A community forum presented by two DuPage-area League of Women Voters chapters will tackle what has unfortunately become an all too familiar story in the U.S.
Titled “Preventing Gun Violence Through A Community of Care,” the free event is set for 7 p.m. Thursday at Hadley Junior High School, 240 Hawthorne Blvd., Glen Ellyn.
Members of the League of Women Voters of Glen Ellyn and the League of Women Voters of Downers Grove, Woodridge, Lisle are partnering to host the forum. For them, the recent mass shooting at Highland Park’s Fourth of July parade, which left seven people dead and dozens wounded, hit close to home.
“We have colleagues who were set to march in the parade just minutes before this happened,” said Sarah Allen, co-president of the Glen Ellyn league. “You want to think that the place where the public can gather and celebrate democracy and history and citizenry would be at a Fourth of July parade.”
The nonpartisan League of Women Voters organization encourages the informed and active participation of citizens in government, works to increase understanding of major public policy issues and influences public policy through education and advocacy.
“We hold candidate forums and community meetings throughout the year on topics that are particularly timely and critical and that are facing not only voters but our community,” Allen said.
Several individuals are slated to speak during Thursday’s event, including Andres Acosta, a high school social worker and private practice counselor who will focus on how everyone plays a role in preventing gun violence.
A panel discussion will include superintendents from each Downers Grove and Glen Ellyn school district: Melissa Kaczkowski, Glen Ellyn School District 41; Emily Tammaru, Community Consolidated School District 89; David Larson, Glenbard Township High School District 87; Hank Thiele, Community High School District 99; and Kevin Russell, Downers Grove Grade School District 58. A Q&A session will follow the panel discussion.
The superintendents, who will give updates on what the schools are doing to prevent gun violence, said they are more than happy to participate.
“This is an important topic because ensuring the safety of students and staff is the highest priority for any school district and the community it serves,” Russell said. “This event will allow community members to learn about safety measures in place at local schools and will also open up a discussion as to how community members can support school safety as this is a school and community issue.”
He said safety is District 58′s top priority.
“Schools are an integral part of the community and our students need to be protected. Everyone should follow the practice of ‘if you see something, say something,’” Russell said. “Families should actively monitor their child’s phone and social media accounts. Everyone should sit down with their child and have a conversation about what it takes to keep us all safe and report any warning signs to the school and/or police department.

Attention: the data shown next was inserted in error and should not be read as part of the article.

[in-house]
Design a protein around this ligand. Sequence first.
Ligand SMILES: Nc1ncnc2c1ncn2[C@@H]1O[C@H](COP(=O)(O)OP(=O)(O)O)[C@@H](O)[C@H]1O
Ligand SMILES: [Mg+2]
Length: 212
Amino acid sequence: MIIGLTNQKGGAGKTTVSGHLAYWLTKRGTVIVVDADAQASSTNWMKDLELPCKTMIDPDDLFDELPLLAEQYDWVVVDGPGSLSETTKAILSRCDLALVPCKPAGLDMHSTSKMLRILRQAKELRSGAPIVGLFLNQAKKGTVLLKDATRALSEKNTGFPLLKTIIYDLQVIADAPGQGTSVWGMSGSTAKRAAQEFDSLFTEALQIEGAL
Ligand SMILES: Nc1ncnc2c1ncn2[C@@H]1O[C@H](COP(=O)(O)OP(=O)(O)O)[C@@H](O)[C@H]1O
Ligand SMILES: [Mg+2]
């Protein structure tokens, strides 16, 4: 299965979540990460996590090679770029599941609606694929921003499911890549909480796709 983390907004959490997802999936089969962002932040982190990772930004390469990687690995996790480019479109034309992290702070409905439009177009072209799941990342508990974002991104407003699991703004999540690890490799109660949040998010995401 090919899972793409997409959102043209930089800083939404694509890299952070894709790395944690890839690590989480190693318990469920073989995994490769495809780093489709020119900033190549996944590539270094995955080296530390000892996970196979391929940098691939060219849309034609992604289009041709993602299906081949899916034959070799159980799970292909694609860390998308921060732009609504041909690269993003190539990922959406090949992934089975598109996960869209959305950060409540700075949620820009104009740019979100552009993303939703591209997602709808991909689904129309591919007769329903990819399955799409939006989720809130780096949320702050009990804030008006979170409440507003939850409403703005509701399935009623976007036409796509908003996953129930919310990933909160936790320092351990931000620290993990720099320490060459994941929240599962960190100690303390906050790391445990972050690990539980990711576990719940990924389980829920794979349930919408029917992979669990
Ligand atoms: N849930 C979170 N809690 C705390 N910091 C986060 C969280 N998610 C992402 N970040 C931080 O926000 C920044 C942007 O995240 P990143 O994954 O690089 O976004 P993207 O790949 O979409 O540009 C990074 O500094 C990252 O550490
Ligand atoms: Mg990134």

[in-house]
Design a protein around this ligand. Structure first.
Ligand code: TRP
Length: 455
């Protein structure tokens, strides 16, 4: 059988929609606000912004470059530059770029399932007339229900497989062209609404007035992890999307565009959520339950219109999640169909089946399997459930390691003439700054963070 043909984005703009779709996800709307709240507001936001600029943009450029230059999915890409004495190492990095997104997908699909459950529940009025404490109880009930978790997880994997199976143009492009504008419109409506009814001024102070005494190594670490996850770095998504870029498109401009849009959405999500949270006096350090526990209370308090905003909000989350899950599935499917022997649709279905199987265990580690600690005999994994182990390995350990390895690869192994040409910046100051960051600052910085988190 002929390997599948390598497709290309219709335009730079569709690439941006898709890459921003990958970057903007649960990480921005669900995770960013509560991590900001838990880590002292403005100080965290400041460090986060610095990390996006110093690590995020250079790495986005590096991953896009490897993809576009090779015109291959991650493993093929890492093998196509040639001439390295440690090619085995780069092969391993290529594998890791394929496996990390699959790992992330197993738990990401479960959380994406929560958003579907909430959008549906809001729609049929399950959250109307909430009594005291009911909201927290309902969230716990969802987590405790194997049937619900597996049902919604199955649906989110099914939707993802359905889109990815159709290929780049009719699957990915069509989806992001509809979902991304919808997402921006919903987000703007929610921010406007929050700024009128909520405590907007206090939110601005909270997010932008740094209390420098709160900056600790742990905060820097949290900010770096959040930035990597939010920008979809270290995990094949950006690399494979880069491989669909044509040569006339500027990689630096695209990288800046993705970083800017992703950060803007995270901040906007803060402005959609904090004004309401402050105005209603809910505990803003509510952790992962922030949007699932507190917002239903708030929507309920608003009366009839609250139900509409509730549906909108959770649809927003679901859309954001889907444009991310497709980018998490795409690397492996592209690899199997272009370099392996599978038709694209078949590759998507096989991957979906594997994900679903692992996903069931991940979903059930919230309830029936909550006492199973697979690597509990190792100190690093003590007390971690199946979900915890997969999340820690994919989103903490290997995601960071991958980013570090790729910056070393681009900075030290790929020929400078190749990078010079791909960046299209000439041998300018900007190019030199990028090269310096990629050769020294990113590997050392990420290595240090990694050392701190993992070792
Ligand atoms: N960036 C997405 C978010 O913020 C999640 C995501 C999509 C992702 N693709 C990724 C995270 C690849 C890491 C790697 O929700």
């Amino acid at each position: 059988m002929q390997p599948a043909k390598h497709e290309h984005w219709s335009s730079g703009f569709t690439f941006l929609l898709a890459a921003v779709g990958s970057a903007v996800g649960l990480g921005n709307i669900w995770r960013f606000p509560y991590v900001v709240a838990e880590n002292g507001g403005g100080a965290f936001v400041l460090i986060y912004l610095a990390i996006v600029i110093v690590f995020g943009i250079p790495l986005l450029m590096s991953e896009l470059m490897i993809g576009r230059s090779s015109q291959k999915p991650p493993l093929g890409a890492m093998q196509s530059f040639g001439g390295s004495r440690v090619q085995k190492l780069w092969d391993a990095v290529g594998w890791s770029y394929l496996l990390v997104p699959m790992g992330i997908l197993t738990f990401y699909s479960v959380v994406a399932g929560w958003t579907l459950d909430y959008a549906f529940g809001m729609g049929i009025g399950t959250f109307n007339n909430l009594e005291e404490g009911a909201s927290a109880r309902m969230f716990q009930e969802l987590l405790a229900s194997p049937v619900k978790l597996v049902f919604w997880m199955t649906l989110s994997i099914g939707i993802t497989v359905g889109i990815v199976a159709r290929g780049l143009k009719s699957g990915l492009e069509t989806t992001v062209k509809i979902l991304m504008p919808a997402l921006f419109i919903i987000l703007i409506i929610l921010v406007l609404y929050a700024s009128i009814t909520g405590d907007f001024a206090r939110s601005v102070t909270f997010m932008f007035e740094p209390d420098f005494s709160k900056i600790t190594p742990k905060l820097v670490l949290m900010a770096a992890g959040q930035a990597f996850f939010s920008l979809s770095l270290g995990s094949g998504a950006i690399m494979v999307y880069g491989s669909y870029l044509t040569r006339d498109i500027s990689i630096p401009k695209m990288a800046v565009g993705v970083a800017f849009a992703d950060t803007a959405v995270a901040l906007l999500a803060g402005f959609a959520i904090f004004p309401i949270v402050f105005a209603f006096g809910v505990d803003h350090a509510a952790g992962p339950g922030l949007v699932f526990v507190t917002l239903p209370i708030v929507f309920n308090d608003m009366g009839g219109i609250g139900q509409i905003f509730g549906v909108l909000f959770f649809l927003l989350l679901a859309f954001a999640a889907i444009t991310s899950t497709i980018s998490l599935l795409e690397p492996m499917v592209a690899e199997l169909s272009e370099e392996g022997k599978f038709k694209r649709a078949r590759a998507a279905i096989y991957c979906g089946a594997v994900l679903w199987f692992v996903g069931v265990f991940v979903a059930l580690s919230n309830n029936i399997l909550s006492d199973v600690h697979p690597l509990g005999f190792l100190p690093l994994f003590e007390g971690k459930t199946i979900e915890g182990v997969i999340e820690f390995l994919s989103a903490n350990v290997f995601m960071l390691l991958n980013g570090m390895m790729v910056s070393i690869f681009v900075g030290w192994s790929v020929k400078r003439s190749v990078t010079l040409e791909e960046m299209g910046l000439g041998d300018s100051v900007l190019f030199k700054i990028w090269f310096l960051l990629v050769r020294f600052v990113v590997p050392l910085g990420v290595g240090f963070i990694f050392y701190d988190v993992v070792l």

“Families should also stress to their child it is never OK to make a threat against anyone or the school. There have been far too many instances across Illinois and the country where students make threats online or in person. This trend needs to be addressed and stopped.”
Thiele said it is essential that parents and community members are united in their approach to safety and security.
“Keeping our students, staff and visitors safe at District 99 is our top priority. In addition to our secured facilities, emergency response systems, safety drills and strong relationships with our police department, we know that the people in and around our schools are an essential resource for ensuring safety,” Thiele said. “People who are at risk often show signs or signals before an act of violence happens. We stress to everyone that if you see something, say something.”
Additionally, Thiele said District 99 has extensive support systems in place at all of its schools for students in crisis or facing life challenges.
“Including care not only from their teachers but also from counselors, psychologists, social workers and a student assistance coordinator,” he said. “We encourage parents to reach out to us at any time they are concerned.”
Larson said he greatly appreciates the leagues hosting the event.
“And I encourage anyone in the community who is interested in learning about gun violence and prevention to attend. Everyone can help prevent problems through caring, advocacy and kindness,” Larson said.
Some of the precautions and safety measures taken in District 87 to ensure a safe learning environment include working closely with local law enforcement, having a school resource officer at each campus, conducting safety drills with students and staff, coordinating with security staff to increase supervision of each campus, and requiring all visitors to check in with security, Larson said.
“Parents/guardians can have a significant impact by talking with their children about their emotions, their day, and their goals,” Larson said. “Kids need their parents to listen to their story and coach or teach when they face adversity. Be their biggest support and listen. The community coming together in events like this is so important: supporting each other, talking to each other and supporting the existence of agencies and organizations that provide mental health care. Our staff, particularly our counselors and social workers, partner with the community to support students in need.”
For more information about the forum, visit https://www.lwvge.org. Registration is not necessary.